Afghan Rape Law?

Posted: December 22, 2009 in Politics

There was a hue and cry this week world-wide over a bill that was recently passed in the Afghan parliament. The intention of this bill was to give the Shia community which is a minority certain powers. But the disclosures leaked out and the whole world arose to the news that the Bill also included a rather dehumanizing and demeaning law against the rights of women. The bill would give powers to a husband to rape his wife even if she said “no” and the law also commands she has to have sex with her husband once in four days. Basically the law would be promoting ‘marital rape.’

Sounds barbaric. In the 21st century we are hearing such despicable and mindless drafting of laws leaving me astounded just as it did the rest of the world. Did Hamid Karzai even sign such an atrocious bill? It is beyond anybody’s comprehension and a matter that needs to be delved into. The Bill would also strip Shia women of their simple rights of leaving the house without permission from a male relative. In countries where there is extreme fanaticism and religious intolerance of basic human rights it is usually the women and children who are the first victims.

Karzai in an interview defended the Bill saying that it was grossly mis-interpreted by Western journalists and that he would never be party to any such laws. He said he would review the law with the Muslim clerics and put forth a new one though it sounds very tricky considering the delicate political setup in Kabul. Amnesty International have expressed their concerns about women’s rights getting severely undermined and whatever little progress was made after the Taliban could be lost soon. The Shia community is a minority (10 to 15%) in the predominantly Sunni country and they have been practicing their form of Islam for centuries in Afghanisthan and believe that they need to have a governing Islamic law for Shias alone that is recognized by the central government. This new Bill would be appeasing them in toto.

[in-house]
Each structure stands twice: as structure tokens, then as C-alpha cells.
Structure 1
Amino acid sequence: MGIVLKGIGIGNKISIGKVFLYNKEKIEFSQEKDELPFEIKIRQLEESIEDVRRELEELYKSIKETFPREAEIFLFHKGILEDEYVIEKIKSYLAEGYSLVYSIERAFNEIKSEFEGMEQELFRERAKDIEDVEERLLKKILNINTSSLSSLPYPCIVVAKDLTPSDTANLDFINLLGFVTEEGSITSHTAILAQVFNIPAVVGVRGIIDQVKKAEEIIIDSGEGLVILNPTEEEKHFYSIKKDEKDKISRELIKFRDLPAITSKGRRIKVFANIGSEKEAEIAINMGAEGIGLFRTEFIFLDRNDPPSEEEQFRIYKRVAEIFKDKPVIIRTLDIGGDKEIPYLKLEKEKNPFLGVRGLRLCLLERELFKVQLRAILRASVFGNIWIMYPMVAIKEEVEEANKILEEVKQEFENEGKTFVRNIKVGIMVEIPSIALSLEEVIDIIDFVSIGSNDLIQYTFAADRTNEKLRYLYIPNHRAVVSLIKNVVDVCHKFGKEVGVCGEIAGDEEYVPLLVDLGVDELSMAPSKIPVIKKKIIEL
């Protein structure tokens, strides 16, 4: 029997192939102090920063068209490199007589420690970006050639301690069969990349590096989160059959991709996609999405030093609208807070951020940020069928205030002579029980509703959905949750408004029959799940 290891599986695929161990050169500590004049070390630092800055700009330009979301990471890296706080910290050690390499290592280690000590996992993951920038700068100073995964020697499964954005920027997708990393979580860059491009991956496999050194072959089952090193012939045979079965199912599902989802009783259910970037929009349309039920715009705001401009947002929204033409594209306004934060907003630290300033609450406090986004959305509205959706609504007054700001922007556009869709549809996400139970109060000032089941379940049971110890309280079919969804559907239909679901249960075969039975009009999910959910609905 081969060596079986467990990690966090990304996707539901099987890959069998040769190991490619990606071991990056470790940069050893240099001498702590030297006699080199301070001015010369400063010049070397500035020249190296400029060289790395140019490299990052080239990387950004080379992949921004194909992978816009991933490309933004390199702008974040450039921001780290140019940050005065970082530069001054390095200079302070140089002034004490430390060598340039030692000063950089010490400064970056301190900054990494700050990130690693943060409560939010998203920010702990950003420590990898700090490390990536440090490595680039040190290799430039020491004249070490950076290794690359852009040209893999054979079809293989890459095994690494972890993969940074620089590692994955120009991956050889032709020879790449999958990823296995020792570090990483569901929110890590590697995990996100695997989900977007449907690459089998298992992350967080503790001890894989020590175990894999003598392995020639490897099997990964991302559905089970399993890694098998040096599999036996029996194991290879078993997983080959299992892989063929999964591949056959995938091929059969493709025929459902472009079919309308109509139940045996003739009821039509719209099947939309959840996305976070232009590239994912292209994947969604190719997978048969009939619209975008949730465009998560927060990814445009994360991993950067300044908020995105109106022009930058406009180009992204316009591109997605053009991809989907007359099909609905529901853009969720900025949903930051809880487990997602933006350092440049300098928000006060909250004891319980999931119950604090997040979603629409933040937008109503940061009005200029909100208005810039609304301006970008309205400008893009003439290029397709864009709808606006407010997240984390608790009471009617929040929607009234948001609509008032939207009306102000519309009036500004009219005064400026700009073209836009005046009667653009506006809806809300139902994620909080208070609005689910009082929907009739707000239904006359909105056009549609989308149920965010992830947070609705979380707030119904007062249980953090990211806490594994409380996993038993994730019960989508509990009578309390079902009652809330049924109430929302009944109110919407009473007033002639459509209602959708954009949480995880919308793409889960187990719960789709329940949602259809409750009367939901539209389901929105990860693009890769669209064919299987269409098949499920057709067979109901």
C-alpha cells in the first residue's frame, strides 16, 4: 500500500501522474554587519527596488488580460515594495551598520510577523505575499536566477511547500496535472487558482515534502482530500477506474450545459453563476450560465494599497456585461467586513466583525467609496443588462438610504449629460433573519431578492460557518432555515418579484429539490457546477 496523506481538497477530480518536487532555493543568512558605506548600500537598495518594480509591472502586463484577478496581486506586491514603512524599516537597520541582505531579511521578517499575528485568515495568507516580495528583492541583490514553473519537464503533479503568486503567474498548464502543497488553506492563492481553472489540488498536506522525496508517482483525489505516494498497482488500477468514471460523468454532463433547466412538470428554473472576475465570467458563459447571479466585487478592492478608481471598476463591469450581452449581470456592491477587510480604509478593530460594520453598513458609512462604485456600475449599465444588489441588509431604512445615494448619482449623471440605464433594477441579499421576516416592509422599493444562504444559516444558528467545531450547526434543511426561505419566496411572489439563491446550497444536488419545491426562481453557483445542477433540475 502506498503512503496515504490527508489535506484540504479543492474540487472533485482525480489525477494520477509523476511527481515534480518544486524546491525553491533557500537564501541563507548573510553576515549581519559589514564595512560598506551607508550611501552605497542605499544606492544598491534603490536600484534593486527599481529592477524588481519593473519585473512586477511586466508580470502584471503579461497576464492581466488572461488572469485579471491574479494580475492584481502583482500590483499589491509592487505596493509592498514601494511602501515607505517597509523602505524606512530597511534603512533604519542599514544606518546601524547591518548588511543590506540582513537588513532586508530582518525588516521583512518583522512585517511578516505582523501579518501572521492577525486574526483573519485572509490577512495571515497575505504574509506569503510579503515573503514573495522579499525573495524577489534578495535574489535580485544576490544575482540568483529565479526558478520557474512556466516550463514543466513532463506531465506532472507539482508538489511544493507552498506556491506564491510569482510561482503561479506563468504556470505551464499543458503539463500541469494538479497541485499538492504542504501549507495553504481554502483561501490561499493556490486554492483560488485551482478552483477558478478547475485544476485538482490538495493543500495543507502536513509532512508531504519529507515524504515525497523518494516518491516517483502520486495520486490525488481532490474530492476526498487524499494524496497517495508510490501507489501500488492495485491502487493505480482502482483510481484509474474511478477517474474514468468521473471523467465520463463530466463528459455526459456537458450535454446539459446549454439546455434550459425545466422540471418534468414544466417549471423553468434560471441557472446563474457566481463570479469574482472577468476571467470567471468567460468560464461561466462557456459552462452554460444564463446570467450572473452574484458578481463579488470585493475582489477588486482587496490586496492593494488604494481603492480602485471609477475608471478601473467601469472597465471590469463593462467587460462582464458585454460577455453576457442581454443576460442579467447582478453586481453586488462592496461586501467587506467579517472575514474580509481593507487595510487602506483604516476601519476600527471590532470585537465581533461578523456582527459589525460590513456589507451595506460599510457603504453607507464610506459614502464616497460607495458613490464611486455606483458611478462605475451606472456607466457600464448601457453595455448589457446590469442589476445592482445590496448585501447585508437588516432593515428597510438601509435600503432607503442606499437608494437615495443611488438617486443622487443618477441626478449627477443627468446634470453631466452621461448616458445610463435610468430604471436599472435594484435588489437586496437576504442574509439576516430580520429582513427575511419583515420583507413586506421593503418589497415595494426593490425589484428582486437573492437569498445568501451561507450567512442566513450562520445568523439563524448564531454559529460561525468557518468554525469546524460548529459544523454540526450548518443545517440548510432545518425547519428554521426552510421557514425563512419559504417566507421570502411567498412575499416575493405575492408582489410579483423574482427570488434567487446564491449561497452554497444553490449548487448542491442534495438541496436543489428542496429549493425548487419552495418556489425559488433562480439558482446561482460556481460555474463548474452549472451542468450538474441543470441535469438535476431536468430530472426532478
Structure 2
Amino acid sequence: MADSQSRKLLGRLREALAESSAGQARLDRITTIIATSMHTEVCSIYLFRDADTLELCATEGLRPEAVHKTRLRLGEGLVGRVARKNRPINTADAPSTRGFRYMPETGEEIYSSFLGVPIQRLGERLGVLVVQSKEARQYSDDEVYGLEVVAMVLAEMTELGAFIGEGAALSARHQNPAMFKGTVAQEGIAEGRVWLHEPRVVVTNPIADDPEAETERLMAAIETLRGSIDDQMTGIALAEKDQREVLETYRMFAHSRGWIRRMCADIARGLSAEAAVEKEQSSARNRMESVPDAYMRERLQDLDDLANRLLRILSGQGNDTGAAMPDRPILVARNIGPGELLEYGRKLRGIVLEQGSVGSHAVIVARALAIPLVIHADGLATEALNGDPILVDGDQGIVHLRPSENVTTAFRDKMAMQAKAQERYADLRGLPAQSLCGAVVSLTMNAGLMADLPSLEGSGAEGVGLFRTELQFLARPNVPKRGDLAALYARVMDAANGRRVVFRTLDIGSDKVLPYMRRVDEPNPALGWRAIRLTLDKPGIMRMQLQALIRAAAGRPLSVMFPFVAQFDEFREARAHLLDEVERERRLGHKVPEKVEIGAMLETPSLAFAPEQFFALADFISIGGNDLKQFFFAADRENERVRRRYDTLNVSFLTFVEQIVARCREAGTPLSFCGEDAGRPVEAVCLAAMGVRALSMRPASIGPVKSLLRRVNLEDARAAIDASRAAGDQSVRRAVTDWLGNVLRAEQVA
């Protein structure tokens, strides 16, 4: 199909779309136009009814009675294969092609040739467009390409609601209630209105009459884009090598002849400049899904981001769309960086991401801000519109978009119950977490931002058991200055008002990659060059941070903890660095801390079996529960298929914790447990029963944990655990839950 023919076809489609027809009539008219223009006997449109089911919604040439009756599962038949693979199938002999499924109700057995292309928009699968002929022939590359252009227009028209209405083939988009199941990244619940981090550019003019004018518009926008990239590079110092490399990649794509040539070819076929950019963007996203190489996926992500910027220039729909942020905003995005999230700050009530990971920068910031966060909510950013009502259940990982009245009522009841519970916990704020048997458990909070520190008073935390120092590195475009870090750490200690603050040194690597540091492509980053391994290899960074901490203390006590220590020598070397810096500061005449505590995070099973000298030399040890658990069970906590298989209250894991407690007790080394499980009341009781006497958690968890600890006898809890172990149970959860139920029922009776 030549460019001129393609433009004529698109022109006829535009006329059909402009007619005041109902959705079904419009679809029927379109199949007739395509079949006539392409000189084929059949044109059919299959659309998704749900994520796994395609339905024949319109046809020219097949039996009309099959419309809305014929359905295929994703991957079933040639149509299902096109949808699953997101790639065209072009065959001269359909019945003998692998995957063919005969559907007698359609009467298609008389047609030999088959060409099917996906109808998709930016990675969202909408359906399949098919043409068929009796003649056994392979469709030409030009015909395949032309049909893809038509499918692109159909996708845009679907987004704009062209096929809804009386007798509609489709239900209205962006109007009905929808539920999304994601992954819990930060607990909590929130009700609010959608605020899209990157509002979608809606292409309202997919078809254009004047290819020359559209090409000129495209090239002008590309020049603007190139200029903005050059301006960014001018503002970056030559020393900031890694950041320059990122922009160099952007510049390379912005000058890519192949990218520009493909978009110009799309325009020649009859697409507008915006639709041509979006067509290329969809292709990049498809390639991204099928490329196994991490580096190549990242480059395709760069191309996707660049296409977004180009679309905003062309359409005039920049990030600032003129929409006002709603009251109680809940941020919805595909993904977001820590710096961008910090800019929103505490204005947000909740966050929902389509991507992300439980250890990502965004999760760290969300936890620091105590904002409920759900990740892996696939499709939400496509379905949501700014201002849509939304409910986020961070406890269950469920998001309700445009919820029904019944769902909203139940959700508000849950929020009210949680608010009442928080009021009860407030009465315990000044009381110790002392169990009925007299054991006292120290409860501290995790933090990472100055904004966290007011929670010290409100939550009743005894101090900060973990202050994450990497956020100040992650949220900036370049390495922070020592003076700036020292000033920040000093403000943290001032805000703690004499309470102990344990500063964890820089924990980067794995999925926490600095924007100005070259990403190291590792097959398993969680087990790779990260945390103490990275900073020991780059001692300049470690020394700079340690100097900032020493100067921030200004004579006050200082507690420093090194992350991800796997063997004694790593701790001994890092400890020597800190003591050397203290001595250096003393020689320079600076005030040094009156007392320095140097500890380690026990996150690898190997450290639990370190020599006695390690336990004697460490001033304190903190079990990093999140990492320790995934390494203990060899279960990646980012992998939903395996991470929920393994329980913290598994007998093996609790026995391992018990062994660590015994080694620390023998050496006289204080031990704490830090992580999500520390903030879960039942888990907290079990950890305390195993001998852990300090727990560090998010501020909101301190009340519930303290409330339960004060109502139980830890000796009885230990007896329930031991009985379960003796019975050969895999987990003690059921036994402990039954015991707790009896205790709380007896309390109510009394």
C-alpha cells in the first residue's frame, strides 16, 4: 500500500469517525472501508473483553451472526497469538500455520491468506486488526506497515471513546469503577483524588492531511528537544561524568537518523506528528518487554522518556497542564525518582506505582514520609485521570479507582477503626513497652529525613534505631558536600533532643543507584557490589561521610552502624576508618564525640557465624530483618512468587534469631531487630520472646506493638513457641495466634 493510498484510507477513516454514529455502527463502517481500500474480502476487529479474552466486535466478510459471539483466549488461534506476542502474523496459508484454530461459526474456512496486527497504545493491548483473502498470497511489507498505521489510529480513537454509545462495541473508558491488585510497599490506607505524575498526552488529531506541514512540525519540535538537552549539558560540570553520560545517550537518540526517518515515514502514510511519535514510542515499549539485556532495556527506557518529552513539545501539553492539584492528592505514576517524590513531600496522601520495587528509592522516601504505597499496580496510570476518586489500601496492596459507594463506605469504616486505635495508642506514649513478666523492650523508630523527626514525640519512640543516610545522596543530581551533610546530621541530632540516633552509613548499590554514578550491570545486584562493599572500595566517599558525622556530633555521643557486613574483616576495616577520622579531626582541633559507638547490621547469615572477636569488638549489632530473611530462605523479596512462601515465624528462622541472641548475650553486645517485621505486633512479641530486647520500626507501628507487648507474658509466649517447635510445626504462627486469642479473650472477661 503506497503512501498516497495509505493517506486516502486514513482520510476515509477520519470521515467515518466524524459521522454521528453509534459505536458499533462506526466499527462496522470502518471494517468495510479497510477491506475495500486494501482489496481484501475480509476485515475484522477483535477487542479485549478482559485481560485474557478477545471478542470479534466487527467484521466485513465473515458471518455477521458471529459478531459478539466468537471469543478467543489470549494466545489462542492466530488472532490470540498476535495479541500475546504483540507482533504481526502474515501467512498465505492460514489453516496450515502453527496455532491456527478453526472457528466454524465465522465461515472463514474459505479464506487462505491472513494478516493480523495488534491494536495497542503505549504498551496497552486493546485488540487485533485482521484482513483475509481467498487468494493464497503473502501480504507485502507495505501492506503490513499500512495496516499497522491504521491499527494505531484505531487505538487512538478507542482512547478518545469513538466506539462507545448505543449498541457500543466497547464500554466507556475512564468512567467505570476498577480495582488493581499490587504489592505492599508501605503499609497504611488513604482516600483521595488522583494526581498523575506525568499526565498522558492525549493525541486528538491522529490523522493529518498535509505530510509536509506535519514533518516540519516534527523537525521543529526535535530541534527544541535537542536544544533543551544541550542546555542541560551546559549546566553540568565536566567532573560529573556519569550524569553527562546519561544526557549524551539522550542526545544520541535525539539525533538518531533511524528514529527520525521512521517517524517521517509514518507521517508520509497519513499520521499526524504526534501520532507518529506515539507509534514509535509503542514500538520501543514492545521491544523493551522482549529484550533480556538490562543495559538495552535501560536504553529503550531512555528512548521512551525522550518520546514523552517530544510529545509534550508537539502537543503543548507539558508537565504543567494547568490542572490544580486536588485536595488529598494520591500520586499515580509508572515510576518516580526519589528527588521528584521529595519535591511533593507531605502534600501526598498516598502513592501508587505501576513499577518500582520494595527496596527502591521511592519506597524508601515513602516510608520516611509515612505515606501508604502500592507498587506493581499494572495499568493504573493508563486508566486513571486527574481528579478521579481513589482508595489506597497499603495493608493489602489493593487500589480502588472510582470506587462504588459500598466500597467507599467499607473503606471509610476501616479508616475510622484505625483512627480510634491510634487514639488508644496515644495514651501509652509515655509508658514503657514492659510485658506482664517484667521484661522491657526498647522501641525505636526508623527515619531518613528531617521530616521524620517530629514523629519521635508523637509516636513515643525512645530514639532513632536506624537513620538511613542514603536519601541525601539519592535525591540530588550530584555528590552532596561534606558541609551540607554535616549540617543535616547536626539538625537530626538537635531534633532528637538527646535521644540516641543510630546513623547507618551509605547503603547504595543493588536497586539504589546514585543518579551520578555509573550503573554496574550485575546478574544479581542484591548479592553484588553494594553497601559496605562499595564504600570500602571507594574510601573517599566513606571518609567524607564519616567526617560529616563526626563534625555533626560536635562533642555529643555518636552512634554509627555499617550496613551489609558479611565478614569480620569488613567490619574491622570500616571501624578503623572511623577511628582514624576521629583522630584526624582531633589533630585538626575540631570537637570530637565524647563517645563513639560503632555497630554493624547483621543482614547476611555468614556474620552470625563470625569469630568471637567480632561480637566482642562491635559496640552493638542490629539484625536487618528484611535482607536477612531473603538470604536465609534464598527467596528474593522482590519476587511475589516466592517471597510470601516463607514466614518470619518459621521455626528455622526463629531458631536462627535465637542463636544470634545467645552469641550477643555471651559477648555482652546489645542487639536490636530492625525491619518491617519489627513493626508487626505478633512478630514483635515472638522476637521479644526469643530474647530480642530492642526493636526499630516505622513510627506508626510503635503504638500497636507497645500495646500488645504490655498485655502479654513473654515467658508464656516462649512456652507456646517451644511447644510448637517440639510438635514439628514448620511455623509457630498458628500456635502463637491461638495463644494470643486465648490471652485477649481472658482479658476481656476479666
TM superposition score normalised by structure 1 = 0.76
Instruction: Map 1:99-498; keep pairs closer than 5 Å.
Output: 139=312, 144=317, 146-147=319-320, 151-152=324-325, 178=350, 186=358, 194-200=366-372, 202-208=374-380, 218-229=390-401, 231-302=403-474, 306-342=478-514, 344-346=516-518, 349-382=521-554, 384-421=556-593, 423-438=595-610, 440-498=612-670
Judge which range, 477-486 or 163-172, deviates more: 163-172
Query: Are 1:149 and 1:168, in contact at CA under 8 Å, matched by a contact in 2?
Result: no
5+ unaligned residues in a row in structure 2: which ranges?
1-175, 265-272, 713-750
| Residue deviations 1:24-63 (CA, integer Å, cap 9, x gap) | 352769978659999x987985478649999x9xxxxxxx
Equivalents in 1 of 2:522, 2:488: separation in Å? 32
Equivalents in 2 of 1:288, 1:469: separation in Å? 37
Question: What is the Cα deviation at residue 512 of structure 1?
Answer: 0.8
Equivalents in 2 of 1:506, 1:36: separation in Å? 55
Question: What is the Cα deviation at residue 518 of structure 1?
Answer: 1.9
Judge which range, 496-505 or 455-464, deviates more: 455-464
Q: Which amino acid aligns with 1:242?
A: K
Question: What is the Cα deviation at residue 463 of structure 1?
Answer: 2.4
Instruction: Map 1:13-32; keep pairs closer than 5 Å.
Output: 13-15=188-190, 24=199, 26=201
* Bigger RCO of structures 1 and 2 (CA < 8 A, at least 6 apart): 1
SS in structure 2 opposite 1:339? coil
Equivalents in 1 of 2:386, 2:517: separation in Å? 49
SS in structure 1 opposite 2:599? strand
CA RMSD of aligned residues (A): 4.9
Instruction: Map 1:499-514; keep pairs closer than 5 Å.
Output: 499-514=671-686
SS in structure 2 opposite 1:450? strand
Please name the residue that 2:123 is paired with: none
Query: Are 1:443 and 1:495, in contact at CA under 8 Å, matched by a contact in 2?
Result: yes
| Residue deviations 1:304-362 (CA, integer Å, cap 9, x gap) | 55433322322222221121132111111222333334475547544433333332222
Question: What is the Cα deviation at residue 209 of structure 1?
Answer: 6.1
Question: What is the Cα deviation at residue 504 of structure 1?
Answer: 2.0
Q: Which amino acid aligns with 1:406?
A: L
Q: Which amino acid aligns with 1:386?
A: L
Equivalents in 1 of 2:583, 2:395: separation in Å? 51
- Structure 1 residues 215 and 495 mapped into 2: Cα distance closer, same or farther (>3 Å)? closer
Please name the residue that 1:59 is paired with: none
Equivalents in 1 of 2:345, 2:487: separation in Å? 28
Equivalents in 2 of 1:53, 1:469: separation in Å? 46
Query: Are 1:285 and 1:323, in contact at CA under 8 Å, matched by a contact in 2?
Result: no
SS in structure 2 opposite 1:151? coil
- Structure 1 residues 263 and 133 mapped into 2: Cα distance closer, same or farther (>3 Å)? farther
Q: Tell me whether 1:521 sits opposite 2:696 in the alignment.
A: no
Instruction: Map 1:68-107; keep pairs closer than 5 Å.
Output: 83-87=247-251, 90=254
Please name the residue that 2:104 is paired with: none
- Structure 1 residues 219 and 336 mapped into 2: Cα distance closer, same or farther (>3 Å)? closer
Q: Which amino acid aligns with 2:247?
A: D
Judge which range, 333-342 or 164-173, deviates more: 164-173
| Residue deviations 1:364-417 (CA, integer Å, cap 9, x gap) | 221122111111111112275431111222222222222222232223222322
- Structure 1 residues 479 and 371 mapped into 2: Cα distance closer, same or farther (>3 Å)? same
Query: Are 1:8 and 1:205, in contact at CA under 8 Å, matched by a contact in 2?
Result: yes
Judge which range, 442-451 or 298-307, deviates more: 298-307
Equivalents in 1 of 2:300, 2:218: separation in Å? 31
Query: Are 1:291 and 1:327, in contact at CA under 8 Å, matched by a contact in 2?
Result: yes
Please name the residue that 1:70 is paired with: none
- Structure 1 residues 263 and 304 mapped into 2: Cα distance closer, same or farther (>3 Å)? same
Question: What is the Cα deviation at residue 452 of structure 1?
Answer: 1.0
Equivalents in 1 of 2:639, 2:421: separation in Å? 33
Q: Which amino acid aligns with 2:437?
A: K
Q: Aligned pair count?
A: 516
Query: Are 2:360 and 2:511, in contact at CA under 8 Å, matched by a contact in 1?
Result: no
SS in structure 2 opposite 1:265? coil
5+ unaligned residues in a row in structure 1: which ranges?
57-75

Obama in his speech during his European tour (NATO Summit in France) made it very clear that he would not collaborate on any such laws that would affect the human rights of people of that country. He re-iterated that he would initiate dialogues and make sure that the basic precincts of human rights were upheld in the country in which the US has invested heavily militarily. Recently Vice President Biden in an interview also assured that he would make sure that the US policies with Afghanistan would ensure basic human rights as a necessity while dealing with peace and bilateral agreements in the region. The Italian government is considering removal of troops from the area as protest. The Canadian government has also expressed their abhorrence to the law which was secretly passed.